A Letter to a Loved One

5 min read
Apr 24, 2024 9:00:00 AM

Dear Lorraine, 

I miss you. 

You’ve been gone ten years, and I’ve been thinking of ways to honor your memory while acknowledging the duality of losing you. On one hand, I still have so much pain and anger to process relating to your death. And on the other, I have grown so much as a person as a result.

So, I’m writing you this letter and sharing it with others because it is a part of my healing, and I hope it will help others to heal too. 

Lorraine and Mike

Zombieland got it right with Rule #32 – “Enjoy the little things.” Life is a journey, not a destination. Easy to say.  Easy to forget.  Looking back ten years ago, I was sad, alone, and scared about how I was going to raise two young boys struggling with the loss of their mom. 

Last weekend I was thinking about how I was sad and alone again, yet my life has been so rich. The boys have grown into amazing young men. When you said you had “No Fear” about the boys and I being okay, I’ll admit I wasn’t convinced. I even tattooed it on my left wrist in your handwriting to remind me.  

"no fear" tattoo on arm

Fast forward to today, the thing that brings me the most joy is simply spending time with Ben and Tom. We still have dinner together every Sunday night, and it’s the little things that I’ve come to appreciate. 

Last week at dinner, Tom asked if I wanted to watch Episode 1 of Kaiju No. 8 with him on Crunchyroll (yes, all our comic collecting has transitioned to manga and anime).

The week prior, Ben and I went to see Monkey Man - a new action movie with Dev Patel. I’m his go-to for obscure violent action movies like Monkey Man, Sisu, and Violent Night, which is my dream come true.   

To be clear, it hasn’t all been easy. You used to say that cancer sucks donkey balls. Well, so does being a widow with young kids. But I’ve learned that the best you can do some days is curl up in a ball and cry, and that’s okay. This has been where much of my growth has come from.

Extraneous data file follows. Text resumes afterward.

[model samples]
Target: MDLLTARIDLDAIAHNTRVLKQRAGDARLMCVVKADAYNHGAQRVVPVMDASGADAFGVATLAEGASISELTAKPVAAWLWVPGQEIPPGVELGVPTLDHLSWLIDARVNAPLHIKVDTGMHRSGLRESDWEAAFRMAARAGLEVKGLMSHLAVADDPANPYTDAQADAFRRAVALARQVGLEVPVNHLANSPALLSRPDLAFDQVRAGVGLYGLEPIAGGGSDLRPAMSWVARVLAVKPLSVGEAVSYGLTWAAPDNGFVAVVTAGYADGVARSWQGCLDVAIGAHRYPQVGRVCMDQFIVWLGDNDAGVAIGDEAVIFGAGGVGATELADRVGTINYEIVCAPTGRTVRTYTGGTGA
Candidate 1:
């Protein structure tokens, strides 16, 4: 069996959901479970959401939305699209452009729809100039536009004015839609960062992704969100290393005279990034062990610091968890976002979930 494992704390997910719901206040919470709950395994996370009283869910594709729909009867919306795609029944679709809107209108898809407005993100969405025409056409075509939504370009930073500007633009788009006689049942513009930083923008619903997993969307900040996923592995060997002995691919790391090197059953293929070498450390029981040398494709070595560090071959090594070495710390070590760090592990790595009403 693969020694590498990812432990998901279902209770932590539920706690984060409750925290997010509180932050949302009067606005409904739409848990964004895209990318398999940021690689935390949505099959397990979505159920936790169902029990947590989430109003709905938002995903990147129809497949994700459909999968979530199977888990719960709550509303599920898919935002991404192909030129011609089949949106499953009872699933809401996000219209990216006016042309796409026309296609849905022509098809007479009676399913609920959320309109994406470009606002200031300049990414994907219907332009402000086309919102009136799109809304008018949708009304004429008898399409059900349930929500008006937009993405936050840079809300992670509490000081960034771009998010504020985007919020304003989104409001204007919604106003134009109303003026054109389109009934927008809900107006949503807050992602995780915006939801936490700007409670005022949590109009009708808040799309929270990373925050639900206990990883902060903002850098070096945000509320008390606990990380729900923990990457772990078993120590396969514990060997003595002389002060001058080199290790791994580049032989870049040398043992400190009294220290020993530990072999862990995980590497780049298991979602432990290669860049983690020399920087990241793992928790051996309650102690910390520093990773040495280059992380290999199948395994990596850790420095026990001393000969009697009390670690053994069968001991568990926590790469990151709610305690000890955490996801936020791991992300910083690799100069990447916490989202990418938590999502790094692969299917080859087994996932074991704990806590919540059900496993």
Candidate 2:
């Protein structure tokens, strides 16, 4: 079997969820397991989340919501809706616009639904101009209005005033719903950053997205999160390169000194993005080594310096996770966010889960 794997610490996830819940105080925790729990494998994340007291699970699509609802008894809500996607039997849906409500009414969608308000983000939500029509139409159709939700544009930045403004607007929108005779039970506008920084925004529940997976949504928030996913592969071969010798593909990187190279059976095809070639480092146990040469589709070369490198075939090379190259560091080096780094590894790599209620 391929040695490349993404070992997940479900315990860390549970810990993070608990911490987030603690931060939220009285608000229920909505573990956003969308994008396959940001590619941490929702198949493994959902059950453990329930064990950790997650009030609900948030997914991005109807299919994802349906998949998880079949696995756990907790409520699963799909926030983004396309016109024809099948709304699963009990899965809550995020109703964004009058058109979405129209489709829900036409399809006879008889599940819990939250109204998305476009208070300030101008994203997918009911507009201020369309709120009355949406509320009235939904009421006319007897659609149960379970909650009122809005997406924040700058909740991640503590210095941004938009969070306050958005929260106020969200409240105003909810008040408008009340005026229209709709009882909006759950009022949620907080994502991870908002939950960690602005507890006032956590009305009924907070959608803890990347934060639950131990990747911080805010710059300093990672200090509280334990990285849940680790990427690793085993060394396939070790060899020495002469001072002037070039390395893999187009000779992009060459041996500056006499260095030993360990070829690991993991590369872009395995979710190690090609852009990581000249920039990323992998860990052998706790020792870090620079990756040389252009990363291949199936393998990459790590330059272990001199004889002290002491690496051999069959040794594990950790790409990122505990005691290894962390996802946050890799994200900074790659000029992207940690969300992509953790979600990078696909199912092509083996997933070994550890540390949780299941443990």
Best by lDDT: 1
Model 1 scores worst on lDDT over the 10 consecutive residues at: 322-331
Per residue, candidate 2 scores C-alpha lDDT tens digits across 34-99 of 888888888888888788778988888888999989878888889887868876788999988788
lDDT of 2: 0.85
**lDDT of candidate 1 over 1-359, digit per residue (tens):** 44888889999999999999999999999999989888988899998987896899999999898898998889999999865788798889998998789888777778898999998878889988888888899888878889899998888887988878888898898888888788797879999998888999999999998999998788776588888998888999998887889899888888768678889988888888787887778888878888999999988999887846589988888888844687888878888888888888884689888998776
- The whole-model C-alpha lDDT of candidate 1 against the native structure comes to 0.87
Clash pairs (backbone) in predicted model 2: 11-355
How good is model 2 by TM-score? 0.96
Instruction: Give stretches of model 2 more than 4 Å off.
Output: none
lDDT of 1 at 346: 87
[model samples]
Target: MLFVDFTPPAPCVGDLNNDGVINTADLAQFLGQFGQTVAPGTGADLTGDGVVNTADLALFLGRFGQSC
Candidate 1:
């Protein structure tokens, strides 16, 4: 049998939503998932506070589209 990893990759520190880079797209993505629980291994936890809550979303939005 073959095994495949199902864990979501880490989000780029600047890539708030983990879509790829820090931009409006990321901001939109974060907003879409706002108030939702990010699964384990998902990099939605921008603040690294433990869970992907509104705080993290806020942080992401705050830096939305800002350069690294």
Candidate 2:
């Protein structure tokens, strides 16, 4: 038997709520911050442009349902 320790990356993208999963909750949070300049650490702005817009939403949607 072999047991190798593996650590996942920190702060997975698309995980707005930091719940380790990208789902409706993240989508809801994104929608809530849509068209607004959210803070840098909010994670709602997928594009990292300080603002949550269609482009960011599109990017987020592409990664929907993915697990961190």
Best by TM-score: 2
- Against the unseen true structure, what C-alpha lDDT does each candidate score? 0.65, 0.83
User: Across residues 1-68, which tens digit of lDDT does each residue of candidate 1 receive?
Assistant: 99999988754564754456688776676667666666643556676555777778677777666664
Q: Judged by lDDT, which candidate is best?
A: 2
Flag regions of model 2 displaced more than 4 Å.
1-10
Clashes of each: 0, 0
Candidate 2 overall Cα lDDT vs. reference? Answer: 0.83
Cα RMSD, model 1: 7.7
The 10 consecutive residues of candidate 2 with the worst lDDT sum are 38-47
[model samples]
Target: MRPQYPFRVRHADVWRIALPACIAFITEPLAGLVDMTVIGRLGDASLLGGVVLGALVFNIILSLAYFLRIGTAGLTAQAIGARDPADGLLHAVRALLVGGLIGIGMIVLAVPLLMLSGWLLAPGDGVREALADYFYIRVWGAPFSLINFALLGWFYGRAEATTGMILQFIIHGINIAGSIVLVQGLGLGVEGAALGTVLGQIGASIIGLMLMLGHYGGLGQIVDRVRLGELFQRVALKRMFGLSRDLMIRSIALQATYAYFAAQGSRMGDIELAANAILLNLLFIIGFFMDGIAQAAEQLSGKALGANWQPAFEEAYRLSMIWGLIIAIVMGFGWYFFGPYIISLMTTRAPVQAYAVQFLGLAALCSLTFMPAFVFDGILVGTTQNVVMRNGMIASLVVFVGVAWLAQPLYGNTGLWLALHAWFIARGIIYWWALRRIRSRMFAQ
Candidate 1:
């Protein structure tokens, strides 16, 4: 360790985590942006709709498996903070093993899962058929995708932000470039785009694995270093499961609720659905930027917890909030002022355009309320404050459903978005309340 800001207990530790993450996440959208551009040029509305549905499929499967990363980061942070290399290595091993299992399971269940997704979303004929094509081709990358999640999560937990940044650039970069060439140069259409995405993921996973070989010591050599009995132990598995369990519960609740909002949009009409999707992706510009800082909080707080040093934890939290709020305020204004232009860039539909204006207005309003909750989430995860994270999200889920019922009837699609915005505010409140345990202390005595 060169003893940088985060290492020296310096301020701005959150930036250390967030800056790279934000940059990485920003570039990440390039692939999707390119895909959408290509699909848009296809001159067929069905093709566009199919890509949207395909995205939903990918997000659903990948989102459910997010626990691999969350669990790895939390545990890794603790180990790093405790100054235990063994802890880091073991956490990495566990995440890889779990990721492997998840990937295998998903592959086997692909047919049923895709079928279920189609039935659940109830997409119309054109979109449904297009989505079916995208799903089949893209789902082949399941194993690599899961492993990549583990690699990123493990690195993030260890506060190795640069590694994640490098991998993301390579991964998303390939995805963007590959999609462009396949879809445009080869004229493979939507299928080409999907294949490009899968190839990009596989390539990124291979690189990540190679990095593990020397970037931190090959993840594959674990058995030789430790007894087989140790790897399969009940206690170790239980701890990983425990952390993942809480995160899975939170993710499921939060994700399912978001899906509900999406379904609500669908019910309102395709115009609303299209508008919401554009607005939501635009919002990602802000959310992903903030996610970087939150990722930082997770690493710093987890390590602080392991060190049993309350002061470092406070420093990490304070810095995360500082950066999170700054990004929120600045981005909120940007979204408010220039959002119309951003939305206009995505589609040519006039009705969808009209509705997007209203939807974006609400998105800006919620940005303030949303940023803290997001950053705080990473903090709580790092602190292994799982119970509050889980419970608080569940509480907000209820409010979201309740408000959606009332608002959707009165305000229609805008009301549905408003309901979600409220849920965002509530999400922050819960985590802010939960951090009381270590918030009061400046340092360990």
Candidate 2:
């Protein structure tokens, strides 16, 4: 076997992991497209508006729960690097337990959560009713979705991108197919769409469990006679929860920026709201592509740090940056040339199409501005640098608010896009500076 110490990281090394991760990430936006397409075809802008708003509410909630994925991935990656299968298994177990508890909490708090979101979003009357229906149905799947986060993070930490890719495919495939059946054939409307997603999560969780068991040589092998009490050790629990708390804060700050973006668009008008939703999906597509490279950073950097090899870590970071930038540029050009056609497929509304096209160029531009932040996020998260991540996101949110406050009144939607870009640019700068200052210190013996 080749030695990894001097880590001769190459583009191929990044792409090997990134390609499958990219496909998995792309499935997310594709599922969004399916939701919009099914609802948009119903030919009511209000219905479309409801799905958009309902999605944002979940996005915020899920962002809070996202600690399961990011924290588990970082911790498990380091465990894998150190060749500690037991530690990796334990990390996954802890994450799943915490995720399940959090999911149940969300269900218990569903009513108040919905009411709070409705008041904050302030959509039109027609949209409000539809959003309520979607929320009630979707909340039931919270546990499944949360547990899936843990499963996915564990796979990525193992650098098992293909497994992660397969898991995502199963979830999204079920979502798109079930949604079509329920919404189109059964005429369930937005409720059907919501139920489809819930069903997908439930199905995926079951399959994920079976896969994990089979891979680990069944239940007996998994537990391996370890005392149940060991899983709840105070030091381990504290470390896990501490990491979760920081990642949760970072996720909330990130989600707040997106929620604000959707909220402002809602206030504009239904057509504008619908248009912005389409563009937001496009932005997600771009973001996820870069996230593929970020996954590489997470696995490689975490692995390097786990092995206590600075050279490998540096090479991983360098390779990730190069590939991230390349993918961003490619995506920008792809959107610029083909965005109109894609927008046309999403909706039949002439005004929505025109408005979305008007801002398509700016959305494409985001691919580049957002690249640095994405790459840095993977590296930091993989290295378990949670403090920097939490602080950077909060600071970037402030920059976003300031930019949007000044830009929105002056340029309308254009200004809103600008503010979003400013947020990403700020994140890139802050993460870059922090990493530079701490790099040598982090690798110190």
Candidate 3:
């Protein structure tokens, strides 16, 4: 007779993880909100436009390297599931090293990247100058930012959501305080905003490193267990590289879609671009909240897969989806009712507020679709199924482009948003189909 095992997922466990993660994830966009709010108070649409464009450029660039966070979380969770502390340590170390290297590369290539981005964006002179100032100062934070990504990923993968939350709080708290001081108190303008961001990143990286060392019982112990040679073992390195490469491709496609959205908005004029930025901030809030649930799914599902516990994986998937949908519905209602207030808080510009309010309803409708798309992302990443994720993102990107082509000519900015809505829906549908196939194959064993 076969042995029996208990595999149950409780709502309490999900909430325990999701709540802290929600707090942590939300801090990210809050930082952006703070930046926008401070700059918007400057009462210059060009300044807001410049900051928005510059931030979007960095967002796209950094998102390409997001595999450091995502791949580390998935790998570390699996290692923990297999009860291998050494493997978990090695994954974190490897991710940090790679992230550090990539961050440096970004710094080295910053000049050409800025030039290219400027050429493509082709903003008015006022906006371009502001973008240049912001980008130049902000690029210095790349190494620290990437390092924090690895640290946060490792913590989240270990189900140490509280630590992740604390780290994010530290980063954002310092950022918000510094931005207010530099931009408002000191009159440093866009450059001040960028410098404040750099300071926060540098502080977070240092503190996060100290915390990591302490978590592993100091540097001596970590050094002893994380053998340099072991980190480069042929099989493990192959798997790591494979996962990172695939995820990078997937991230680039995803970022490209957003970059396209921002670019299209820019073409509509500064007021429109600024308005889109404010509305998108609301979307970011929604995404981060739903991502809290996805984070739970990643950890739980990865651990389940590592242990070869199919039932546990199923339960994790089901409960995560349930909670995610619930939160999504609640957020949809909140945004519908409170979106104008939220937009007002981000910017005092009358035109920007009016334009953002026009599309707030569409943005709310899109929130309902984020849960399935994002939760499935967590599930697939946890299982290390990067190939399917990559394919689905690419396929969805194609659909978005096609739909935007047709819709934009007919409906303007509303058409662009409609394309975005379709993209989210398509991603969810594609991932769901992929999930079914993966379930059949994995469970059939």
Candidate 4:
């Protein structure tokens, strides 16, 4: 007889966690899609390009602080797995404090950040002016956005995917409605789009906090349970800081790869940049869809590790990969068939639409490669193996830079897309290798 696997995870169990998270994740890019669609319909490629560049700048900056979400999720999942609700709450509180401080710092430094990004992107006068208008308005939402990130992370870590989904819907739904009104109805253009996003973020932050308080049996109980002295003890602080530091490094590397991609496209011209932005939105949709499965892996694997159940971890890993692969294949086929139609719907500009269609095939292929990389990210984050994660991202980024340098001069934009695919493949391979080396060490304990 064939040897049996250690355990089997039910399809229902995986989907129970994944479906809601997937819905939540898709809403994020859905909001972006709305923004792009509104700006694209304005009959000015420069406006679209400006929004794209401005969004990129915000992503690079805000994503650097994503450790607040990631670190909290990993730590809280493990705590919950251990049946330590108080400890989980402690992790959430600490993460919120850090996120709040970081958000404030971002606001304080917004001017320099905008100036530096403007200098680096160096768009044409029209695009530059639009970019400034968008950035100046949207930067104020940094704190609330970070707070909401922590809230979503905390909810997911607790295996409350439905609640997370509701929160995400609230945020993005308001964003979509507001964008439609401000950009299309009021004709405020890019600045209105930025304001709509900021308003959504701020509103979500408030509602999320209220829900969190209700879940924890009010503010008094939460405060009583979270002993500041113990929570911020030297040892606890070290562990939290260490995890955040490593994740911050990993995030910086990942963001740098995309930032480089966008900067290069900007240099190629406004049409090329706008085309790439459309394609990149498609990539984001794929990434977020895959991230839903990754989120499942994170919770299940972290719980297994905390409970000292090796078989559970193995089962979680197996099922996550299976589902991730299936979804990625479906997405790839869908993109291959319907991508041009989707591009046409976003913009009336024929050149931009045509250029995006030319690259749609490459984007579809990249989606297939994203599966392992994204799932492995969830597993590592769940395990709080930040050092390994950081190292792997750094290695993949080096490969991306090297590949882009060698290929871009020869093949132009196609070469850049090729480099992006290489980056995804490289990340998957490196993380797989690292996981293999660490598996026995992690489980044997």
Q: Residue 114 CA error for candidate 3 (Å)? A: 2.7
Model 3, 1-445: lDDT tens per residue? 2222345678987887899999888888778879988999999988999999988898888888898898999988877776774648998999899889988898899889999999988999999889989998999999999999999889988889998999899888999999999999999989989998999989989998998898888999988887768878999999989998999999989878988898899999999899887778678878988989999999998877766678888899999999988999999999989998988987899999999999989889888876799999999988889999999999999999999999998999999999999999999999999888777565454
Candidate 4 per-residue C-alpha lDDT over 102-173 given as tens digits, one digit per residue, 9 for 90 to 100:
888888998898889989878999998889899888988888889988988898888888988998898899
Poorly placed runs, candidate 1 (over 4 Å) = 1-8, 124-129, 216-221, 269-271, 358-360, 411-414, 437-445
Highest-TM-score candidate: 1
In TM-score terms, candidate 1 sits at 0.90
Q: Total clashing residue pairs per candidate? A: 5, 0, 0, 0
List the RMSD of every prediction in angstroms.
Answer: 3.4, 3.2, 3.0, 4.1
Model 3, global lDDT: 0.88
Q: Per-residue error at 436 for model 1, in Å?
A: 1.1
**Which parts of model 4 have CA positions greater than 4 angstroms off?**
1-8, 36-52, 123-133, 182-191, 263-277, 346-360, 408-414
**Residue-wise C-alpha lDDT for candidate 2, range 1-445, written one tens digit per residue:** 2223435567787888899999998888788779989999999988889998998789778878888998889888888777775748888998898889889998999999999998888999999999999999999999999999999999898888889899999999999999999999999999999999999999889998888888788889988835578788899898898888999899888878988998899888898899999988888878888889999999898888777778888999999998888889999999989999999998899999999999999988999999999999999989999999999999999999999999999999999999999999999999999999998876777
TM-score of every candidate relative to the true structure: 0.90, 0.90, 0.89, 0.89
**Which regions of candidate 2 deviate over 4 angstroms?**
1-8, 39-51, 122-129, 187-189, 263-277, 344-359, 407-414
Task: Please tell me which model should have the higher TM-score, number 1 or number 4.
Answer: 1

No shock to you, I had some issues before you got sick. I distinctly remember us having a disagreement where I said something like “At this point in my life, it’s too late to change.” It turns out I was totally wrong.

I’ve now been through psychotherapy, eye movement desensitization and reprocessing therapy, kundalini somatic therapy, energy healing, and more.  It’s been like Bruce Lee’s Tao of Jeet Kune Do, but instead of evolving and changing to suit my needs and abilities as a martial artist, I’m doing it for my mental and spiritual health.   

In the end, I’ve learned the opportunity to grow never ends. That some days suck more than others, but life is full of amazing opportunities when you are ready for them. You just need to keep going. This leads me to talk about how while I’m alone now, that wasn’t always the case.  

I know you asked me to wait at least six months before I got remarried and to not let my second wife shut out the boys, and I’m proud to report the mission was accomplished on both fronts. 

One of my favorite related moments was getting a call from your brother because you told him to “tell me when the time was right that you didn’t want me to be alone and that I shouldn’t feel bad about being in another relationship.” Neither of us could figure out if he was supposed to call when the “time was right to talk to me,” or if the “time was right for me to be in a relationship,” but we agreed since I was already dating someone, it was the right time. Next time, you might want to be a bit more explicit with your instructions. Or at least be better with your punctuation.